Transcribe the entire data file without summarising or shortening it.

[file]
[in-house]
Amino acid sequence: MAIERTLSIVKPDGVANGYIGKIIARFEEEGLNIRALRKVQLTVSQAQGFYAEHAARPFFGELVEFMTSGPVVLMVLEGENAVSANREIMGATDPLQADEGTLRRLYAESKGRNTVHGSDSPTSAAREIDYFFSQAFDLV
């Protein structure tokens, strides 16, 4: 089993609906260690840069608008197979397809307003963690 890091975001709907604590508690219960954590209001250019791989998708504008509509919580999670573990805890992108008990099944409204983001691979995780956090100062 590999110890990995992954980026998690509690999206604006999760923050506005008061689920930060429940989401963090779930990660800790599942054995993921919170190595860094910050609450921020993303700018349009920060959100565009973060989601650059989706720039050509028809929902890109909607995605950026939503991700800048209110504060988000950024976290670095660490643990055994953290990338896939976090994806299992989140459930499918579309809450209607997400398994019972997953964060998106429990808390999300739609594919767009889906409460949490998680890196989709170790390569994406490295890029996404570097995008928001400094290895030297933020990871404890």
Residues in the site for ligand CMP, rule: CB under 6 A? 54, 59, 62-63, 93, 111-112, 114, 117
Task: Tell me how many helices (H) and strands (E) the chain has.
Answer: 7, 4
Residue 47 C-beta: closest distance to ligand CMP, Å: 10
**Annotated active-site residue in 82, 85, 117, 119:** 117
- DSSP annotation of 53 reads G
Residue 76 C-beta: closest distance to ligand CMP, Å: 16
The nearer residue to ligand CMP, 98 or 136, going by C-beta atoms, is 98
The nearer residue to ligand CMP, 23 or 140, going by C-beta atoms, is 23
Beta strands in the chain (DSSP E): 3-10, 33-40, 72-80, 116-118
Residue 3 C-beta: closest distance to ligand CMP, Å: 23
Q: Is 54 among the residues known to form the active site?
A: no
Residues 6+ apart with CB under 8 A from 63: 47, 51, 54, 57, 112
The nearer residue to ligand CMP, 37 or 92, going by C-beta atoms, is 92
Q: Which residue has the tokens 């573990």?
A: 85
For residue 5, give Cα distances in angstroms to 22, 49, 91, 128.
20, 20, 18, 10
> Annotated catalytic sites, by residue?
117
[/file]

[in-house]
Amino acid sequence: MAIERTLSIVKPDGVANGYIGKIIARFEEEGLNIRALRKVQLTVSQAQGFYAEHAARPFFGELVEFMTSGPVVLMVLEGENAVSANREIMGATDPLQADEGTLRRLYAESKGRNTVHGSDSPTSAAREIDYFFSQAFDLV
């Protein structure tokens, strides 16, 4: 089993609906260690840069608008197979397809307003963690 890091975001709907604590508690219960954590209001250019791989998708504008509509919580999670573990805890992108008990099944409204983001691979995780956090100062 590999110890990995992954980026998690509690999206604006999760923050506005008061689920930060429940989401963090779930990660800790599942054995993921919170190595860094910050609450921020993303700018349009920060959100565009973060989601650059989706720039050509028809929902890109909607995605950026939503991700800048209110504060988000950024976290670095660490643990055994953290990338896939976090994806299992989140459930499918579309809450209607997400398994019972997953964060998106429990808390999300739609594919767009889906409460949490998680890196989709170790390569994406490295890029996404570097995008928001400094290895030297933020990871404890």
Residues in the site for ligand CMP, rule: CB under 6 A? 54, 59, 62-63, 93, 111-112, 114, 117
Task: Tell me how many helices (H) and strands (E) the chain has.
Answer: 7, 4
Residue 47 C-beta: closest distance to ligand CMP, Å: 10
**Annotated active-site residue in 82, 85, 117, 119:** 117
- DSSP annotation of 53 reads G
Residue 76 C-beta: closest distance to ligand CMP, Å: 16
The nearer residue to ligand CMP, 98 or 136, going by C-beta atoms, is 98
The nearer residue to ligand CMP, 23 or 140, going by C-beta atoms, is 23
Beta strands in the chain (DSSP E): 3-10, 33-40, 72-80, 116-118
Residue 3 C-beta: closest distance to ligand CMP, Å: 23
Q: Is 54 among the residues known to form the active site?
A: no
Residues 6+ apart with CB under 8 A from 63: 47, 51, 54, 57, 112
The nearer residue to ligand CMP, 37 or 92, going by C-beta atoms, is 92
Q: Which residue has the tokens 């573990």?
A: 85
For residue 5, give Cα distances in angstroms to 22, 49, 91, 128.
20, 20, 18, 10
> Annotated catalytic sites, by residue?
117